Festival of Hope 1 / 30 April 2020

Poems by Nils-Aslak Valkeapää


















From Eanni, eannážan The Earth, My Mother, DAT 2017. Translated by Lars Nordström, Harald Gaski and Ralph Salisbury

ja áiggit mannet

 olmmošbuolvvat, álbmogatnai


                   inge imaštala jus jearat,


                                                       jus oainnát sevdnjes suoivvaniid


ale bala unna vieljaš

                                     bala baicca

jus boahtá áigi

ahte dákkár gažaldagat 

eai oba bohčásivččege olbmo millii 

ahte olmmoš vajálduhtášii ahte lea oassi 

dušše oassi






and time pass

 generations, peoples too


                   and I do not marvel if you should ask


                                                       if you should see dark shadows


do not be afraid little brother

                                     fear rather

that there will come a time

when such questions do not

even crop up in thoughts

if people forget that

we are a part

                   of nature

                          of live



From Ritnoaivi ja nieguid oaidni. Noh teaterčájálmas-teaksta , The Frost-haired and the Dream-seer, DAT 2020. Translated by Roy Eriksen and Harald Gaski

The Lásságámmi Foundation
Lásságámmi was Nils-Aslak Valkeapää’s own name for the house he had built on the lot he got as a fiftieth birthday present from Storfjord municipality. The lot lies on a sloping rock, and the house was intended to resemble a large turf hut – hence, the name that literally translated means “the sloping rock turf hut.” Lásságámmi is also the name of the foundation that administers the rights to his creative output. The foundation was established in 2004 and is owned by the Sámi Parliament in Norway, Storfjord municipality, the county of Troms and the University of Tromsø.
The foundation’s purpose is to administer the legacy of Nils-Aslak Valkeapää in the spirit and philosophy that comes to light in his works and publications. When Nils-Aslak died, the county of Troms and the Norwegian Ministry of Culture provided the means for the newly established foundation to buy Lásságámmi, and begin the work of turning it into a residence for researchers and artists. The foundation manages the rights to Valkeapää’s artistic production. By allowing selected persons to live and work on their own art and research projects in Nils-Aslak’s house, the foundation wants to encourage the occupants to carry on in their professional and artistic development. The dwelling is in principle kept as Nils-Aslak Valkeapää left it. In between these periods, the house will be open for visits by the public at specific times.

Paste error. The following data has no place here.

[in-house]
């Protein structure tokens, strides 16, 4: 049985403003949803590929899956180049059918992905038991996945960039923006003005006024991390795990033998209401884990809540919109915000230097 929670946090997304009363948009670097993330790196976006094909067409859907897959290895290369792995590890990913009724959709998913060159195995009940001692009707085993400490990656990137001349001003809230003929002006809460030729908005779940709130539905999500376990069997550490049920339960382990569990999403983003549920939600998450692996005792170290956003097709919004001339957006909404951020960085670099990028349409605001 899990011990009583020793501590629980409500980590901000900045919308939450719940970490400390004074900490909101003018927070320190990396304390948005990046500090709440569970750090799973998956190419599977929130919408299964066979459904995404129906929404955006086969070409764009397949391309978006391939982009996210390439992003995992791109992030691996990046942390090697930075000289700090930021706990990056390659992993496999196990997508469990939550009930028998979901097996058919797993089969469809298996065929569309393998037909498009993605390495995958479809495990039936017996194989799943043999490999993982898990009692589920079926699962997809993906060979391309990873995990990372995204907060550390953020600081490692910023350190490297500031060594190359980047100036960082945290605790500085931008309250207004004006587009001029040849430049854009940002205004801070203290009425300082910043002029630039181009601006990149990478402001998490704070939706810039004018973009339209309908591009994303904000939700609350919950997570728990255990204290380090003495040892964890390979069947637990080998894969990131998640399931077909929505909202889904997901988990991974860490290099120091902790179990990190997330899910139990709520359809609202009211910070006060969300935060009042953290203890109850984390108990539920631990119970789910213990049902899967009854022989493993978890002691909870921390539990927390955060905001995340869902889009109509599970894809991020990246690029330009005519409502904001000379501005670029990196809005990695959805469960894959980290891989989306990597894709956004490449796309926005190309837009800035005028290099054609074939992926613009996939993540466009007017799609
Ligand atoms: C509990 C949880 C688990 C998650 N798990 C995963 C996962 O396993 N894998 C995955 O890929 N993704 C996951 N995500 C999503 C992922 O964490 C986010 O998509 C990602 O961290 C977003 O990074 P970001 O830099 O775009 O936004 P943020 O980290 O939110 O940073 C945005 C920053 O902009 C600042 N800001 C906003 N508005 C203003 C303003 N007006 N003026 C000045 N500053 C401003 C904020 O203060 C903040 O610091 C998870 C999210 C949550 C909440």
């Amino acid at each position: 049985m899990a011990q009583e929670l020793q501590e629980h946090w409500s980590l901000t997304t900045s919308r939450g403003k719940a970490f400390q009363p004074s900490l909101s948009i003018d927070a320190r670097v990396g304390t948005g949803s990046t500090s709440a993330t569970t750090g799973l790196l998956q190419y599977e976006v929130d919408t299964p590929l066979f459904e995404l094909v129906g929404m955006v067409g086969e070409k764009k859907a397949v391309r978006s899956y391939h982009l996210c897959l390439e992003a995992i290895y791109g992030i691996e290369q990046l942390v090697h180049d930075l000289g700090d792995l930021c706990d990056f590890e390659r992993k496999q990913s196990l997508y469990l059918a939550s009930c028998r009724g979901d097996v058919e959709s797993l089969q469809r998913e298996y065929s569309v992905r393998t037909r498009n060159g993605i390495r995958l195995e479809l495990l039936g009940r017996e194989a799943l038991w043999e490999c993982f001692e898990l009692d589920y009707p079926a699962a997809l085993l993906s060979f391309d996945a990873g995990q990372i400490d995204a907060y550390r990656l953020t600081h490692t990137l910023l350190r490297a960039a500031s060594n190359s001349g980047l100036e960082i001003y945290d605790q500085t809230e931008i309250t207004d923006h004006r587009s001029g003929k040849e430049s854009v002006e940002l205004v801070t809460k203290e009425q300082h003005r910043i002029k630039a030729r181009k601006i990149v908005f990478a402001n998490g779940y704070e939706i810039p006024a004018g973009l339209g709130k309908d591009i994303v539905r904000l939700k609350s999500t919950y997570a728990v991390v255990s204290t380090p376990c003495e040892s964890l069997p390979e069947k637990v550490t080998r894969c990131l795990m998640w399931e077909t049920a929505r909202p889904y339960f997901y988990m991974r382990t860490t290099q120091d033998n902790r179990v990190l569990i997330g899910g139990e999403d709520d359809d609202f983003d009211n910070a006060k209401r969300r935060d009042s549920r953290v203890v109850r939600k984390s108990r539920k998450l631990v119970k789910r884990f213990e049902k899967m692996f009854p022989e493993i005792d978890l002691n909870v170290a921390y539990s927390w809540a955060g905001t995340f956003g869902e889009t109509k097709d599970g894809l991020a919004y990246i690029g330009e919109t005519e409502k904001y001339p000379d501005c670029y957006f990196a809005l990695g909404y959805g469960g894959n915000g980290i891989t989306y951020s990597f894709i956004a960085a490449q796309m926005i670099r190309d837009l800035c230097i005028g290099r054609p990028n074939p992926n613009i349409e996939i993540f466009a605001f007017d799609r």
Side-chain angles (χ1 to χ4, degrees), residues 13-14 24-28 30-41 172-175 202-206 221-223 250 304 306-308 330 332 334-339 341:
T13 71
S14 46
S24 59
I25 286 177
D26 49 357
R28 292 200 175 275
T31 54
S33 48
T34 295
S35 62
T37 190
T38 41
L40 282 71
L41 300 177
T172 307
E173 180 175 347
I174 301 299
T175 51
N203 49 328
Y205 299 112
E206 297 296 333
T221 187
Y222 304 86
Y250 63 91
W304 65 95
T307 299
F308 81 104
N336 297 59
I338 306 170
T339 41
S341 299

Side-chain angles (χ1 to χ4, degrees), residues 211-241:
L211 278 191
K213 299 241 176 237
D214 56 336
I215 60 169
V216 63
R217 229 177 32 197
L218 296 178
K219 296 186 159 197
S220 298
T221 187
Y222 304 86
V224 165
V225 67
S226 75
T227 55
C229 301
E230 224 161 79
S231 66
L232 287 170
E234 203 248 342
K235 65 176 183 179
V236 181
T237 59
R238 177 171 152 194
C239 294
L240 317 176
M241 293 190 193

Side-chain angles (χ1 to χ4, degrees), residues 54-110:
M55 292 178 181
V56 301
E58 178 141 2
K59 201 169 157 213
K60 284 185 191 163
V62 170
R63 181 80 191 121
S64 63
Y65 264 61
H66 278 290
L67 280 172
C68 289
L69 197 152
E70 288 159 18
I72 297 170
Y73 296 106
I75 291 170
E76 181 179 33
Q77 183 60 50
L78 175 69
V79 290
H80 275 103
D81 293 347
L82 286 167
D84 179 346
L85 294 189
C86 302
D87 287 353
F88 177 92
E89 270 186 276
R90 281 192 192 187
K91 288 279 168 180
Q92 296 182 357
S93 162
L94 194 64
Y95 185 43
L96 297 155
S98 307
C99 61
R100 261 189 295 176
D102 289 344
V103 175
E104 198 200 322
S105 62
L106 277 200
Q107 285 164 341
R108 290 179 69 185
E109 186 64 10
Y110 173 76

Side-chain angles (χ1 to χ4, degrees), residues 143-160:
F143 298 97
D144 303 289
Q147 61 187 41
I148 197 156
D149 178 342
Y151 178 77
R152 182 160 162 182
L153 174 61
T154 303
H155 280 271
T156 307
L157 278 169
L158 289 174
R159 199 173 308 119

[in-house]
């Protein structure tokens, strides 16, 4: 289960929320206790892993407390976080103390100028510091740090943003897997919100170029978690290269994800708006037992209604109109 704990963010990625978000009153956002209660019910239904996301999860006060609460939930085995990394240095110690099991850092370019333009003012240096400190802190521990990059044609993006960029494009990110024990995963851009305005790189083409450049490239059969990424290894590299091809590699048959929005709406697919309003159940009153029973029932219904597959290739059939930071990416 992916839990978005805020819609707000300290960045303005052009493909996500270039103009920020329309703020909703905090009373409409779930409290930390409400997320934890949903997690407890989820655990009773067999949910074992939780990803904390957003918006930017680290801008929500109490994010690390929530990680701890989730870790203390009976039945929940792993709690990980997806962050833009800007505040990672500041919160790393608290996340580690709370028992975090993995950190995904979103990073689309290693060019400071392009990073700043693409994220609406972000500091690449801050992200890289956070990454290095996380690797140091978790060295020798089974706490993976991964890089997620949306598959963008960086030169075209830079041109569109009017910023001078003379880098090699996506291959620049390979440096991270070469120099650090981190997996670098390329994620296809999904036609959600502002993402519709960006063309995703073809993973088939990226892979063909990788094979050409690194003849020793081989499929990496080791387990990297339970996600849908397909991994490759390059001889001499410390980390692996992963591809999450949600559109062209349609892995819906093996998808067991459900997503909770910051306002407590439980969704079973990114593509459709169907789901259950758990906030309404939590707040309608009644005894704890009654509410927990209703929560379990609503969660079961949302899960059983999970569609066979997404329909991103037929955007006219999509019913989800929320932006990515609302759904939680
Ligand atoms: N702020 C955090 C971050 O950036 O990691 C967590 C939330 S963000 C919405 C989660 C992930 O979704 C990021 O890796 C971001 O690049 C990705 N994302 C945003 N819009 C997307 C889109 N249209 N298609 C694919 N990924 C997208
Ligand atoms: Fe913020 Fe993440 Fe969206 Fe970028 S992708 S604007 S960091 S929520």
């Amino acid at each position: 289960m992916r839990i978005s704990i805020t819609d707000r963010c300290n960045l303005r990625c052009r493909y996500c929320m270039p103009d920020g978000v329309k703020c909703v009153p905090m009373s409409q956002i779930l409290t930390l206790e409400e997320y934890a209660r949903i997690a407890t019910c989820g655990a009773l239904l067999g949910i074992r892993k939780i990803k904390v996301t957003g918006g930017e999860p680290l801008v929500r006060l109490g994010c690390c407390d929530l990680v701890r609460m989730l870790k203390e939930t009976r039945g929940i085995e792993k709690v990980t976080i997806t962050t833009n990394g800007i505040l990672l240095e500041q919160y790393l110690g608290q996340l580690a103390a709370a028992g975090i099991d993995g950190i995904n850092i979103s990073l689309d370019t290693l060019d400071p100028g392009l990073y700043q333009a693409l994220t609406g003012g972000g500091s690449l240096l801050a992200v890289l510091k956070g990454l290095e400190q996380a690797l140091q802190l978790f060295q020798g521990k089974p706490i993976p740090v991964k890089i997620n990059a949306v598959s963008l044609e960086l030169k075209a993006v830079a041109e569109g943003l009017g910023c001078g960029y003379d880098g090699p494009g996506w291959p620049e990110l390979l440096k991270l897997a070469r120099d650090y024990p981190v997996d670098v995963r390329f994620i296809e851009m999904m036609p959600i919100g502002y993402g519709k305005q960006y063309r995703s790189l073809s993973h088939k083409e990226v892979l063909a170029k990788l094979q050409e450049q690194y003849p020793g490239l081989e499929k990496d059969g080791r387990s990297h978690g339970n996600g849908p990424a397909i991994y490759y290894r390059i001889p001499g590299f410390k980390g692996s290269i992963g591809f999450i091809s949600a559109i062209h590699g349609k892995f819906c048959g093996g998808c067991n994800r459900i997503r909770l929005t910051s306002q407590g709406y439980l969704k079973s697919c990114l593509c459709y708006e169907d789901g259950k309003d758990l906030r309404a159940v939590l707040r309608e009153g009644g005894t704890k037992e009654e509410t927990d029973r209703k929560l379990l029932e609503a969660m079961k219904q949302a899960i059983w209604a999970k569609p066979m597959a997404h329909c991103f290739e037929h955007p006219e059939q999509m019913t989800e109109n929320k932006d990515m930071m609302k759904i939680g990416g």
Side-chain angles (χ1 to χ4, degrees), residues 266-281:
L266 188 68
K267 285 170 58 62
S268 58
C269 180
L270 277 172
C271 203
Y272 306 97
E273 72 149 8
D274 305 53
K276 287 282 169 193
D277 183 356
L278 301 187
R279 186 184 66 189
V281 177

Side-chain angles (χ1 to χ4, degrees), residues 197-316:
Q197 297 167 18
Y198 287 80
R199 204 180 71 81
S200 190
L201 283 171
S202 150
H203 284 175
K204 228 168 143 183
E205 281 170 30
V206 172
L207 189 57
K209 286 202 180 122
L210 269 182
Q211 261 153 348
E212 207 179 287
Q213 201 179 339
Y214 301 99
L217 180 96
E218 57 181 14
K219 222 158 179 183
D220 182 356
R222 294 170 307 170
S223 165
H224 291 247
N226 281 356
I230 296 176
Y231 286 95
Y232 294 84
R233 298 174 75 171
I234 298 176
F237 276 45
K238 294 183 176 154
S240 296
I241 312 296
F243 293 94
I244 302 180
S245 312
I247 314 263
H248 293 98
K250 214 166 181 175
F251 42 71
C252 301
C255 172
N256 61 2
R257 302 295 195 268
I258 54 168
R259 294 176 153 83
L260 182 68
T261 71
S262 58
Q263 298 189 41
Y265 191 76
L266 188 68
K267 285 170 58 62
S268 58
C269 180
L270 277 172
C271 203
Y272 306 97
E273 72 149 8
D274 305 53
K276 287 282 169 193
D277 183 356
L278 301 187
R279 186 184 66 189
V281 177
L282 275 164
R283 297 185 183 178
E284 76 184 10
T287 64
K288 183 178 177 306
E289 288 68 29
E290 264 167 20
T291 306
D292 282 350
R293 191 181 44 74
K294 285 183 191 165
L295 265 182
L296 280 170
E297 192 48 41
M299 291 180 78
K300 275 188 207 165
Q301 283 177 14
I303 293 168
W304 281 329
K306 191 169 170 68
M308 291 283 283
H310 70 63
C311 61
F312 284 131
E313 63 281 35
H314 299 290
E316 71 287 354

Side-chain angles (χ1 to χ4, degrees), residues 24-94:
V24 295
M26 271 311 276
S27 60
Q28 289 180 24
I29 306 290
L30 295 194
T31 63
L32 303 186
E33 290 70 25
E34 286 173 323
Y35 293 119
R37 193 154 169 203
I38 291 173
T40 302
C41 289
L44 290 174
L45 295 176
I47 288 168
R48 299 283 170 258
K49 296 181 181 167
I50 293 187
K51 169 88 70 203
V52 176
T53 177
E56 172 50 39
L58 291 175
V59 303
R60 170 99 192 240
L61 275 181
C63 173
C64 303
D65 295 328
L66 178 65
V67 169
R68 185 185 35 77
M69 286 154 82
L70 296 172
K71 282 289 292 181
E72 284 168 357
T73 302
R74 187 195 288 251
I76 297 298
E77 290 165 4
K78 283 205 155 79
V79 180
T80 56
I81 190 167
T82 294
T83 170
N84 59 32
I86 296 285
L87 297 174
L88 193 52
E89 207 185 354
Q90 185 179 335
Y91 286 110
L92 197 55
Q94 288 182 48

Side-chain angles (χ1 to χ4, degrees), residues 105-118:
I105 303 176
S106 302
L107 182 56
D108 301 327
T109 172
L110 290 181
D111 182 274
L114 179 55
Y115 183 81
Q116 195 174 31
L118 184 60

Text: Harald Gaski


Nils-Aslak Valkeapää

Nils-Aslak Valkeapää (1943 - 2001), with the artist name Áillohaš, was and is one of the most prominent and influential Sami artists of all time.

Nils-Aslak Valkeapää received his foremost recognition as an outstanding poet when he was awarded Nordic Council’s (Nordisk Råd’s) prize in 1991 for the book The Sun, My Father. His poetry has been translated into a number of languages. It is described as close to nature and genuine, and his poetry is often referred to as an expression of indigenous people’s thinking and worldview. Valkeapää published all of his poetry books in Sámi. Several of them have not yet been translated into other languages. Besides The Sun, My Father two other central works are Pathways of the Wind and The Earth, My Mother.

Portait photo by Seppo Paakkunainen